Many may not need vitamin D supplements.
The minimal difference in mortality rates for individuals with vitamin D levels between 20 ng/mL and 30 ng/mL suggests that vitamin D supplements may not be necessary for approximately 3 million adults with chronic kidney disease and 75 million adults without kidney disease, said Dr. Holly Kramer, who is with Loyola University Medical Center in Maywood, Ill., and her colleagues.
To examine the impact of vitamin D levels on mortality, the researchers reviewed data from 15,099 adults who were part of the Third National Health and Nutrition Examination Study (NHANES III).
The study population included 1,097 adults with chronic kidney disease, which was defined as an estimated glomerular filtration rate of less than 60 mL/min per 1.73 [m.sup.2].
In order for mortality rates to be compared, the researchers divided the study population into groups based on vitamin D levels, ranging from less than 12 ng/mL to greater than 40 ng/mL, using the 24- to 29.9-ng/mL group as the reference group.
"This group was selected as the referent, because it includes 25[OH]D levels which are above the threshold for "risk of insufficiency,' defined by the Institute of Medicine Committee to Review Dietary Reference Intakes for Vitamin D and Calcium, yet below the thresholds defined as 'insufficient" in previous analyses," Dr. Kramer and her associates wrote.
Overall, about one-third of the adults with kidney disease (35%) and of those without kidney disease (30%) had insufficient levels of vitamin D, based on recommendations from the Institute of Medicine.
The median vitamin D levels for each of the groups were 10.0 ng/mL, 14.1 ng/mL, 18.0 ng/mL, 21.9 ng/mL, 26.5 ng/mL, 33.9 ng/mL, and 43.6 ng/mL, they said.
The minimal difference in mortality suggests supplements may not be necessary for 3 million adults with chronic kidney disease and 75 million without kidney disease.
After the investigators controlled for risk factors including age, race, sex, smoking status, and comorbid conditions, the all-cause mortality rate was determined for the patients with kidney disease. The mortality rate was 153/1,000 person-years for those with vitamin D levels less than 12 ng/mL, 121/1,000 person-years for those in the 12-to 16-ng/mL group, and 108/1,000 person years for those in the 24- to 29.9ng/mL range.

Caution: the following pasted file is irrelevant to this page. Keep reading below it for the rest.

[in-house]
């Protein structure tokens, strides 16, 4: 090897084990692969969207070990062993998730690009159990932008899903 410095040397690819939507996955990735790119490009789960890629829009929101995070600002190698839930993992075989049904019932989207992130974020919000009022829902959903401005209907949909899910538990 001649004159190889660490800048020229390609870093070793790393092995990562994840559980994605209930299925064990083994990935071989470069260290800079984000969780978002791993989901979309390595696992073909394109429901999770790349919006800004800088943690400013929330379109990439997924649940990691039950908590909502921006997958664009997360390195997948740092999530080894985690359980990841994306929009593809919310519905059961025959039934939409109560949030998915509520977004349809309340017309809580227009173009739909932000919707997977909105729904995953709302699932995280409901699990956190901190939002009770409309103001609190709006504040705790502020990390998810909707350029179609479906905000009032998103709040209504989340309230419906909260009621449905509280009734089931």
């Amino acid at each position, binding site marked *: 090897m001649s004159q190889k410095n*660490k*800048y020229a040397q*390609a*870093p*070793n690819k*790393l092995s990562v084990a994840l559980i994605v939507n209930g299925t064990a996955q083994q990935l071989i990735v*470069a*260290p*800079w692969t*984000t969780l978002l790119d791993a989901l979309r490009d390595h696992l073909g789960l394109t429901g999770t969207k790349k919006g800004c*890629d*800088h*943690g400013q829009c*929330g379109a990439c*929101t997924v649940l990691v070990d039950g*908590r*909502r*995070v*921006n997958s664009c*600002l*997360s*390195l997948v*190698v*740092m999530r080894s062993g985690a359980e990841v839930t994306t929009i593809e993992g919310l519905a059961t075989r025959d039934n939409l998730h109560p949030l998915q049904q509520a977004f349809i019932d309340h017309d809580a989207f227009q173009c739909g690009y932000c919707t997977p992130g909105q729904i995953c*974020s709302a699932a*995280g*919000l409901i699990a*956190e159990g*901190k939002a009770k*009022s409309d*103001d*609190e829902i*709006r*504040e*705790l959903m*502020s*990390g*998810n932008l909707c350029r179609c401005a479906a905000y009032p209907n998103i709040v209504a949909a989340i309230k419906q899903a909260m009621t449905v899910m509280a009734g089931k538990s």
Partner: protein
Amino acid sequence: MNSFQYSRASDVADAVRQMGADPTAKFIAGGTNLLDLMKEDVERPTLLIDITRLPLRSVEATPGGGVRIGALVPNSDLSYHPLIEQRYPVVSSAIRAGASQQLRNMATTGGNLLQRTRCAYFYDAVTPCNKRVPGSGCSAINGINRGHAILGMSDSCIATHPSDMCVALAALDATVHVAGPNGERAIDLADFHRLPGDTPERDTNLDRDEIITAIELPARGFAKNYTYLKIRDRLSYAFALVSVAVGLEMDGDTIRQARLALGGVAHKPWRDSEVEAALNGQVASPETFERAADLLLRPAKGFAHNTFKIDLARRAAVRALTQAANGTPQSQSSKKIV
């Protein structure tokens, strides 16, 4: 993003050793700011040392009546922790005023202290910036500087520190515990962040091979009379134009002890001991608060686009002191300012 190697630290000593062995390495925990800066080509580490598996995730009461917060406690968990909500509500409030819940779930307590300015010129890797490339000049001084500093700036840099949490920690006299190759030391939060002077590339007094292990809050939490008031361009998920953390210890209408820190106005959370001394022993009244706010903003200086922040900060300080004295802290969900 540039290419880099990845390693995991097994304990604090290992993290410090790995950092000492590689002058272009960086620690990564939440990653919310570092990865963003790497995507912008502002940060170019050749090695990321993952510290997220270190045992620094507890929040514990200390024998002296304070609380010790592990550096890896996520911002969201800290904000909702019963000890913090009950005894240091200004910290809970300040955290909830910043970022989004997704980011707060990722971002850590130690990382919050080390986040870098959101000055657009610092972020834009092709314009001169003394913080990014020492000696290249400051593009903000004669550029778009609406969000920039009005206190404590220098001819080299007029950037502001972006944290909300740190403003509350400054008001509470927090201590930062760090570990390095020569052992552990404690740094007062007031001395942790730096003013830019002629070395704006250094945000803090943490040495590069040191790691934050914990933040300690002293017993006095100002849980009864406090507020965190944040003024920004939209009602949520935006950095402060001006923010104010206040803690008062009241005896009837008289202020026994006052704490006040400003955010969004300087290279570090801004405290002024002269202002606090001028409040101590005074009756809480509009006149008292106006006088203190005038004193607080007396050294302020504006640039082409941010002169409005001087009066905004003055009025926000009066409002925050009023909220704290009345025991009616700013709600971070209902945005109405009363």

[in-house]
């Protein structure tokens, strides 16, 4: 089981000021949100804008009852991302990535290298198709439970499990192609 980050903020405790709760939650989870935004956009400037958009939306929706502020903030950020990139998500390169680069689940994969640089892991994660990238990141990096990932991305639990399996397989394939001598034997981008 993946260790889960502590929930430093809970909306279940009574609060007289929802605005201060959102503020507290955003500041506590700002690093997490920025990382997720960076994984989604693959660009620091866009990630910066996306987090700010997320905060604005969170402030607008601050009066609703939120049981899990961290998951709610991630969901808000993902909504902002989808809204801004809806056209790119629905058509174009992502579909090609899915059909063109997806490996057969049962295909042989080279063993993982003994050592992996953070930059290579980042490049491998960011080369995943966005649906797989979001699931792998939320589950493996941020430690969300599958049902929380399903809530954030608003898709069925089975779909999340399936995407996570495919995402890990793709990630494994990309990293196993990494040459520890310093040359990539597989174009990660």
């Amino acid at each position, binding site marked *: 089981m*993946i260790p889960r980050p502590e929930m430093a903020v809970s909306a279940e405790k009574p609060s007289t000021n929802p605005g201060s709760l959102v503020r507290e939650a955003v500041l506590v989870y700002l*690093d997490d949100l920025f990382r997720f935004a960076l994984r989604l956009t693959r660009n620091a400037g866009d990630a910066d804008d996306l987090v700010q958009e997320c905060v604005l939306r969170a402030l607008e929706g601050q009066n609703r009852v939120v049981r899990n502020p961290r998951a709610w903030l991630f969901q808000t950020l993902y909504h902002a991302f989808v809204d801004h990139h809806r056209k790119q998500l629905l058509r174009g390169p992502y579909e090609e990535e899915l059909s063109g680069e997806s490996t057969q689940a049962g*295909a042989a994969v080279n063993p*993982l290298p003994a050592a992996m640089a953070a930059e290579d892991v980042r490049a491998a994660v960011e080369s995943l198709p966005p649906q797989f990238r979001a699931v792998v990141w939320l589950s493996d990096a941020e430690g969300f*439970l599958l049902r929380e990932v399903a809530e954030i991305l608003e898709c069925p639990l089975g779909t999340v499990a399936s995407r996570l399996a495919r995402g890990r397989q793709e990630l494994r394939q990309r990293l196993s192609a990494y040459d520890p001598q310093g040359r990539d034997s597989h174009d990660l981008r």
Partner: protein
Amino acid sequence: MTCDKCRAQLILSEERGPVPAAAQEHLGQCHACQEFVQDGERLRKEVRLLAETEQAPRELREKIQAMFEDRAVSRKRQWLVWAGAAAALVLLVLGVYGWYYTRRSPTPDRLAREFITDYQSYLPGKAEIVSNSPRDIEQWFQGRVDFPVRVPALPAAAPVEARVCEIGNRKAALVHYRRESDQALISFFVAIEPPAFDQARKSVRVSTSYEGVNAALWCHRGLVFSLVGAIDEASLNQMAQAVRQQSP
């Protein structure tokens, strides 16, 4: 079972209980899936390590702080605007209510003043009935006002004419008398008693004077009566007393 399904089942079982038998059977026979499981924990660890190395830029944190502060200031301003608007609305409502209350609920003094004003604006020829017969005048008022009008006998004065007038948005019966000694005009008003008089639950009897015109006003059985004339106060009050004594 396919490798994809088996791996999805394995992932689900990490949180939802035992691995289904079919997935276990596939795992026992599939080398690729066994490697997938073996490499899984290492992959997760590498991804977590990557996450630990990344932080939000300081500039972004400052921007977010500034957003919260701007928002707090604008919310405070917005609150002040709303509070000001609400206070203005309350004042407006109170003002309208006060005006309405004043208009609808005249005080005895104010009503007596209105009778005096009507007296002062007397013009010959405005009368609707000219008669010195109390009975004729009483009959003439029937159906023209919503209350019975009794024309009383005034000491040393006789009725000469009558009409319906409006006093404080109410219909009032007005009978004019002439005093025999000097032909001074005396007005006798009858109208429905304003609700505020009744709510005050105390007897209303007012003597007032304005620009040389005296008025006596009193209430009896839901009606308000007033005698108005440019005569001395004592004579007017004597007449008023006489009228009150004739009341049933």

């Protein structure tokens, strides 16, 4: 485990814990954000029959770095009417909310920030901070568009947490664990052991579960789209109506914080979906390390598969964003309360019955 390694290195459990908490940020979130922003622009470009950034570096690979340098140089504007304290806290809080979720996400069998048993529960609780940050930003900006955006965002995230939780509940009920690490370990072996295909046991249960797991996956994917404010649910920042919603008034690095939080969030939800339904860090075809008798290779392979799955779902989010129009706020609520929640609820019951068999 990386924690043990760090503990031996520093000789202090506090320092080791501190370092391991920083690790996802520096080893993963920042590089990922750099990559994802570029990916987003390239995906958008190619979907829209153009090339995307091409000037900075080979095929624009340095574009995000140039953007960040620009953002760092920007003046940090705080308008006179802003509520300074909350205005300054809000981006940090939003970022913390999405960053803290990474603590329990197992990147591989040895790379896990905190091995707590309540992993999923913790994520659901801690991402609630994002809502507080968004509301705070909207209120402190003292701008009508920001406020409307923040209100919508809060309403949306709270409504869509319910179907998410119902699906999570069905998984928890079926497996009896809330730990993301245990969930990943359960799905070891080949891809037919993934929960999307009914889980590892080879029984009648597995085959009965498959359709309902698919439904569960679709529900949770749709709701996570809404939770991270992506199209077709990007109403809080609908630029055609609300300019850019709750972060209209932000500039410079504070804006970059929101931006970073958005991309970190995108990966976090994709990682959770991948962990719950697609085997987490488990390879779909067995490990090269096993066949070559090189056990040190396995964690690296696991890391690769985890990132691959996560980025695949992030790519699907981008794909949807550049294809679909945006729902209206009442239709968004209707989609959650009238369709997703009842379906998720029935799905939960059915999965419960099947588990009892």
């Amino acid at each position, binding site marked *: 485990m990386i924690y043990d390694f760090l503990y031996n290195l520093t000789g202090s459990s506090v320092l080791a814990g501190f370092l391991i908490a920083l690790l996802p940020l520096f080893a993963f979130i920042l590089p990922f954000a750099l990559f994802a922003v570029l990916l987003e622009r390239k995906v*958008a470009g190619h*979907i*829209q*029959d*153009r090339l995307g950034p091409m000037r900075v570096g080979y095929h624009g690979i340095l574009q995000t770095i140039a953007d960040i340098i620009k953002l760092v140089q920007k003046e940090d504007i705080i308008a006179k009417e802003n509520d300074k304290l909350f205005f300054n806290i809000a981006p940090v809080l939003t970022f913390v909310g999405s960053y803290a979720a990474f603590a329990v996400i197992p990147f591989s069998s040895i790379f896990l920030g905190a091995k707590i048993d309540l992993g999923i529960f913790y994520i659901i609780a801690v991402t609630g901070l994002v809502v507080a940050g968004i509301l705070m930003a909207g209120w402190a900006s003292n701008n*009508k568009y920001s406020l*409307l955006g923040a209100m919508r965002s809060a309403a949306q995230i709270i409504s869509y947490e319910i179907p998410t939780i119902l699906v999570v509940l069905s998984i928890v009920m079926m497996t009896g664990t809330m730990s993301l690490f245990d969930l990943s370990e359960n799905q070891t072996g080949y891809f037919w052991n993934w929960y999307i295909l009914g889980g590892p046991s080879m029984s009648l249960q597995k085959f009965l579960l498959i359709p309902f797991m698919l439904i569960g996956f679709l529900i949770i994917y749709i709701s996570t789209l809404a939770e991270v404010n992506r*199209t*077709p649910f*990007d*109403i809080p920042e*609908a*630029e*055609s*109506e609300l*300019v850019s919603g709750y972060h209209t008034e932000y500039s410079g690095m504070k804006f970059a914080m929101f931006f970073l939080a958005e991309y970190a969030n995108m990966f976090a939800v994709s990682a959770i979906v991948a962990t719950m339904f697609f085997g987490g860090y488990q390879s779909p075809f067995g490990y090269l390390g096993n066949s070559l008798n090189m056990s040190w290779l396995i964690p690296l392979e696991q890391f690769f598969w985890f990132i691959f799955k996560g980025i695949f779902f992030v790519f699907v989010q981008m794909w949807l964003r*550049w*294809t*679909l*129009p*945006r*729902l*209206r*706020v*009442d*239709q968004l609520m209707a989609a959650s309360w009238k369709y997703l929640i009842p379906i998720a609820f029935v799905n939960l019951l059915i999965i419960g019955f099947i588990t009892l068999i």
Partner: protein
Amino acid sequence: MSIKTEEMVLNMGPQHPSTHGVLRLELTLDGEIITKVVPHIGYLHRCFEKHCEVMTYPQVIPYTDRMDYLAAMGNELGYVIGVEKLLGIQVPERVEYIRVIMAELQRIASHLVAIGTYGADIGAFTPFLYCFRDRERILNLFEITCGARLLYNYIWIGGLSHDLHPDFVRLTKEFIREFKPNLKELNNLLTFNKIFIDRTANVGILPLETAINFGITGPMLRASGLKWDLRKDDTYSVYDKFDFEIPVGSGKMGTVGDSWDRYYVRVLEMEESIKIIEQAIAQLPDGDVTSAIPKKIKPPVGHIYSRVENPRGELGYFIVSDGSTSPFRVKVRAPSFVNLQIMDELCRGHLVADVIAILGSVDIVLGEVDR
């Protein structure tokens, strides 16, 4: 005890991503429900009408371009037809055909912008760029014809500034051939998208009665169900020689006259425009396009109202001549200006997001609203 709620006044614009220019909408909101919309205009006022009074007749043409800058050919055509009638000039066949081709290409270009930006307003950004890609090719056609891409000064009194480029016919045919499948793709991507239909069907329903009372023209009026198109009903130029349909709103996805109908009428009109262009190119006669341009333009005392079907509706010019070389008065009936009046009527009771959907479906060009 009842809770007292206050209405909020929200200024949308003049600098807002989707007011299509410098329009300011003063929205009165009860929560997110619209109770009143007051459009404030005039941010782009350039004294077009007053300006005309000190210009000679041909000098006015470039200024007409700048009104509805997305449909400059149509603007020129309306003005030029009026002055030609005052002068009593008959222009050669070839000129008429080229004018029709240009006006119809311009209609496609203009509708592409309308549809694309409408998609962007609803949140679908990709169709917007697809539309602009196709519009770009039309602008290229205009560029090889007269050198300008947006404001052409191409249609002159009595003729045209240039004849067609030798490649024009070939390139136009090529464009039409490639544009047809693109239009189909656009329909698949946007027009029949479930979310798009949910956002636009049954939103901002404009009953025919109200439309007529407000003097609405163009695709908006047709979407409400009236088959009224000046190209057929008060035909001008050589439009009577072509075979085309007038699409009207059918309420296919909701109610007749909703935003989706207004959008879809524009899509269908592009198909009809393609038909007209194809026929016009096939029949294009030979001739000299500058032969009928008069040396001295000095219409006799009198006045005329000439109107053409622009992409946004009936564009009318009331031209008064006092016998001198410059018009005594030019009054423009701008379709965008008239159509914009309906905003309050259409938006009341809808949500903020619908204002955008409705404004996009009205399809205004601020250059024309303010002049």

Mortality rates were similar for those with kidney disease and vitamin D levels greater than 20 ng/mL, with the lowest mortality rate of 97/1,000 person-years seen in those in the highest vitamin D group, Dr. Kramer and her associates reported.
Among the patients without kidney disease, the adjusted all-cause mortality rate was 17/1,000 person-years among those with vitamin D levels less than 12 ng/mL, compared with 13 for those in the 24- to 29.9-ng/mL range and 12 among patients with vitamin D levels greater than 40 ng/mL.
The study was limited by its observational design, and the results may not be generalizable to nursing home residents, individuals on dialysis, or anyone who has had a kidney transplant, the researchers noted.
Vitamin D supplementation has been linked to an increased risk of cancer and kidney stones, and clinical trials are needed to assess the risks versus benefits in individuals with and without kidney disease, the researchers added.
The National Institutes of Health supported the study.
BY HEIDI SPLETE
FROM PLOS ONE
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|Title Annotation:||DIGESTIVE DISORDERS|
|Publication:||Family Practice News|
|Article Type:||Clinical report|
|Date:||Nov 15, 2012|
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